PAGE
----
Scottish Water Turns to Nature to Create Rainproof Communities

05 March 2024
Scottish Water is harnessing nature to help reduce flooding in communities during extreme rainfall caused by climate change.

It is investing in solutions using the natural environment - often called ‘blue green’ infrastructure - on a range of pilot projects across Scotland. 

The projects combine natural features such as ponds, wetlands, swales, green roofs, raingardens, restored river channels, trees and property-level planters and water butts with engineered solutions like pipes and drains. 
Flooding at St Leonard Park

St Leonard Park in Dundee is regularly affected by flooding.

Proposed nature based solutions at St Leonard Park

The introduction of nature-based solutions could help tackle flooding in St Leonard Park, and at other locations across Scotland (simulated image).

By mimicking the way water flows in nature, this new strategy can reduce the amount of rainwater that enters the sewer system to help reduce overflows and flooding. It can also improve the environment in our watercourses, while enhancing biodiversity for wildlife and making better places for communities to live.

Grant Vanson, leading the nature-based approach at Scottish Water, said: “By reducing the amount of rainwater that enters the sewer system we can reduce the frequency and severity of flooding from the sewer network. 

“Our traditional drainage systems are not designed to cope with such volumes, so we must look at a more sustainable and holistic approach to managing rainwater.”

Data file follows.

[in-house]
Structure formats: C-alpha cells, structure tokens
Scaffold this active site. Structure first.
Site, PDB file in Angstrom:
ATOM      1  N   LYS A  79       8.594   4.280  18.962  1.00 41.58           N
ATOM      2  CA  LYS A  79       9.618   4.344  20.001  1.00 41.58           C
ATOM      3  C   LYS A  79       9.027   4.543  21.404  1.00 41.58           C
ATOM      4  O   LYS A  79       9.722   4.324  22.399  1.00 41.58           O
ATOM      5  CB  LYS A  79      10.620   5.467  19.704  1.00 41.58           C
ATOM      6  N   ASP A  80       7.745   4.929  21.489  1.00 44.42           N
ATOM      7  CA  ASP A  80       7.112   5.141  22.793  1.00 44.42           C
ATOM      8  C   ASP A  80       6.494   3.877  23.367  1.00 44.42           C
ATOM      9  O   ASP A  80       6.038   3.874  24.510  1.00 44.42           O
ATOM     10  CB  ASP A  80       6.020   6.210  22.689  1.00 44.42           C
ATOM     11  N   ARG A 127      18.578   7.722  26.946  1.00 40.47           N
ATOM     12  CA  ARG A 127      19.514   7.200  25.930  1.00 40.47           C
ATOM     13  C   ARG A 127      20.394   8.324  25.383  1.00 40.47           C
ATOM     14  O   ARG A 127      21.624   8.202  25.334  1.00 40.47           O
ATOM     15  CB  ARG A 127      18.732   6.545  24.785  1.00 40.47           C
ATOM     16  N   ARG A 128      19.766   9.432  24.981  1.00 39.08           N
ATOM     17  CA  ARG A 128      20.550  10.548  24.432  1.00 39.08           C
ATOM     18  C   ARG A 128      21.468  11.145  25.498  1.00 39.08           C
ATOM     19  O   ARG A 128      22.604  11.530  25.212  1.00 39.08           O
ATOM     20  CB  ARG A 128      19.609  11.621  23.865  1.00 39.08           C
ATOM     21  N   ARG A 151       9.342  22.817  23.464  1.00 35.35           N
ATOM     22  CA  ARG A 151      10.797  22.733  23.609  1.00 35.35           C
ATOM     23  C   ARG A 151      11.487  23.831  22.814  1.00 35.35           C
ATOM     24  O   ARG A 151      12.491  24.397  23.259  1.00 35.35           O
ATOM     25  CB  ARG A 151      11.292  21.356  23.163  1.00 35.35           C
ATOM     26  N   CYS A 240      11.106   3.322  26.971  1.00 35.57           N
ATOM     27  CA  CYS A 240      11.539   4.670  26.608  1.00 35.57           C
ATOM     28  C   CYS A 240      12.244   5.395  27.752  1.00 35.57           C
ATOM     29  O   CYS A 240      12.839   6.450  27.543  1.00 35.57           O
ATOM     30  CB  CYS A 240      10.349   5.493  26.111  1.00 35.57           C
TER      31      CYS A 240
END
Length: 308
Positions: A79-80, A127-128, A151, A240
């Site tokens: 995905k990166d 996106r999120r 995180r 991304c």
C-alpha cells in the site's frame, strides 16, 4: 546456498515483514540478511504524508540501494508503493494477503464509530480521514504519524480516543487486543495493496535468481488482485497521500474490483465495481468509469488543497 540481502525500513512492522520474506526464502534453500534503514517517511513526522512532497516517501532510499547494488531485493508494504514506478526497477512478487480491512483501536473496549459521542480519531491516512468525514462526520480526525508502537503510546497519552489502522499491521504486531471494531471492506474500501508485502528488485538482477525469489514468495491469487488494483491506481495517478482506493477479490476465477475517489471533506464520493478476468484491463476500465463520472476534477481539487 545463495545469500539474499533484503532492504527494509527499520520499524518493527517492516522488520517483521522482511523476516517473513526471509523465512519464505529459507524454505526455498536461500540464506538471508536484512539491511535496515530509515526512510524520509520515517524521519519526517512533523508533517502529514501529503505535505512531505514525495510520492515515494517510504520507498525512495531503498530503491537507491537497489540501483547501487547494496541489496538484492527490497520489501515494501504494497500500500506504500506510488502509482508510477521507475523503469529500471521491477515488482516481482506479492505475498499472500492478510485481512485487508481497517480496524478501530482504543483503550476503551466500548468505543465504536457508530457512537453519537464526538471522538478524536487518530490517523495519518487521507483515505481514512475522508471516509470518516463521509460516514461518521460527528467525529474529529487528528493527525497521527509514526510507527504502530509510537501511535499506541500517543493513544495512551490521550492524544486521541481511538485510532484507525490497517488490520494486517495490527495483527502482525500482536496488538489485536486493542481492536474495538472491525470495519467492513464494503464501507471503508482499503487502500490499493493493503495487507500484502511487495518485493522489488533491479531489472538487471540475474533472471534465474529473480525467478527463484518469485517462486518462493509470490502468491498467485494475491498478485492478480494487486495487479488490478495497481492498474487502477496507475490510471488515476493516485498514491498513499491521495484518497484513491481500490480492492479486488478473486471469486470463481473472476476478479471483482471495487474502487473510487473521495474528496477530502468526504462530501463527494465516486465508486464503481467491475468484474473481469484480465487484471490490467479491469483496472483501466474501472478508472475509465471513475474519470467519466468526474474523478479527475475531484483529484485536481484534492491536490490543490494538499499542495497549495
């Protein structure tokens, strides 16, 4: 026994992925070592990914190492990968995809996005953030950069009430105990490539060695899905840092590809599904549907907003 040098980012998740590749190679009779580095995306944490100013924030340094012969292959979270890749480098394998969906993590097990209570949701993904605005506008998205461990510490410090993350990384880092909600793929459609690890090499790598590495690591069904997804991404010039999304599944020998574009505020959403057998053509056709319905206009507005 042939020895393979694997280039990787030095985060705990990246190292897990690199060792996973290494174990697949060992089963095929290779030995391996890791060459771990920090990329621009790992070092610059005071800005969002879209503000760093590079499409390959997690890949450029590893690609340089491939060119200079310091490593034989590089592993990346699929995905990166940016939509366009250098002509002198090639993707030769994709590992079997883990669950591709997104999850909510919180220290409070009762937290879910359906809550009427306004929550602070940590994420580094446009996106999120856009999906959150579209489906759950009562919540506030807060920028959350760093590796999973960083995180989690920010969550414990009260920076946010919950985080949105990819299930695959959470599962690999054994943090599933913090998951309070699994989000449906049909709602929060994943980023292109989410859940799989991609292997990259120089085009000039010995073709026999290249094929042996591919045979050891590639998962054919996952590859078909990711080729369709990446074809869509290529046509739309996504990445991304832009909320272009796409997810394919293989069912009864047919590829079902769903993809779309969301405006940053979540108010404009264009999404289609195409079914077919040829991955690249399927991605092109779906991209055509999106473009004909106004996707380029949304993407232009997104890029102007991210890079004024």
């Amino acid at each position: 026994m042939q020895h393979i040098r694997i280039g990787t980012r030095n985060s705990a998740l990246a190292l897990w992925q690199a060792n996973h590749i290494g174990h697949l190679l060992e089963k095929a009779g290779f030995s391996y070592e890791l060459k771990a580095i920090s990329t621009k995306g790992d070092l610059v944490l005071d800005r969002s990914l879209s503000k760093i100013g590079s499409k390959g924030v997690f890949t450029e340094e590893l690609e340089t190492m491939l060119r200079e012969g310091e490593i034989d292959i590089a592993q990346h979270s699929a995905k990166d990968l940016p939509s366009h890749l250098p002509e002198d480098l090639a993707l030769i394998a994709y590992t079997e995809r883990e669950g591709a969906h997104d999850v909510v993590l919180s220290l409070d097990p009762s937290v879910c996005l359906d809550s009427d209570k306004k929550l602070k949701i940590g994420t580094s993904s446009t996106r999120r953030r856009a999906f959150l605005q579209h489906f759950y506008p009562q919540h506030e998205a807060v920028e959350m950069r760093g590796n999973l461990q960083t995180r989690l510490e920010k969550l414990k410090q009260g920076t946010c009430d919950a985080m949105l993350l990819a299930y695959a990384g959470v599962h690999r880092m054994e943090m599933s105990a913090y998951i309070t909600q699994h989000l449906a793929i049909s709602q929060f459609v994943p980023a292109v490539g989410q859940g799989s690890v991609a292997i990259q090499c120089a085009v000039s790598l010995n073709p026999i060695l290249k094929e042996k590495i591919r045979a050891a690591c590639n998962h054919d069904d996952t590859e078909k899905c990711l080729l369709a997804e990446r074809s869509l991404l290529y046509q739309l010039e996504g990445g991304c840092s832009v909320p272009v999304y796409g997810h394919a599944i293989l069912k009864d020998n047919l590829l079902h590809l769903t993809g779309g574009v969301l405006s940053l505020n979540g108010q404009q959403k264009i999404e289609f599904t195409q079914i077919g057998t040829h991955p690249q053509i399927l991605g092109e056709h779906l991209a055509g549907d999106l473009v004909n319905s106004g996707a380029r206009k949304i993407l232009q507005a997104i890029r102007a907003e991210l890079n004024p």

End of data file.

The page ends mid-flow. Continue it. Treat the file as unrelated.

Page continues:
Grant Vanson
Technical Team Leader - Flood Risk Management
“Scotland is facing increasing challenges from extreme weather events and climate change. We’ve all noticed the increase in the number of storms, rainfall, and flooding events.

“Our traditional drainage systems are not designed to cope with such volumes, so we must look at a more sustainable and holistic approach to managing rainwater.

“We will always need pipes in the ground, but we can support this infrastructure with natural features and processes to manage rainwater and create more attractive and healthy places for people and wildlife for both current and future generations.”

Urban creep has become an increasing cause of flooding within communities. That’s when green spaces that would naturally soak up water are being removed and replaced with impermeable surfaces such as flagstones, block paving, tarmac or concrete.

A growing number of places across the world are now looking to harness nature and use nature-based solutions to tackle climate change.

‘Sponge cities’ are springing up everywhere from Shanghai, and New York, to Cardiff. These urban sprawls have an abundance of natural areas such as trees, lakes and parks, drainage pavements, rain gardens, green walls, and roofs to absorb rain and prevent flooding.

In Scotland, the Scottish Government is committed to encouraging and adopting a blue green approach to create ‘water resilient places’ as part of their surface water management strategy.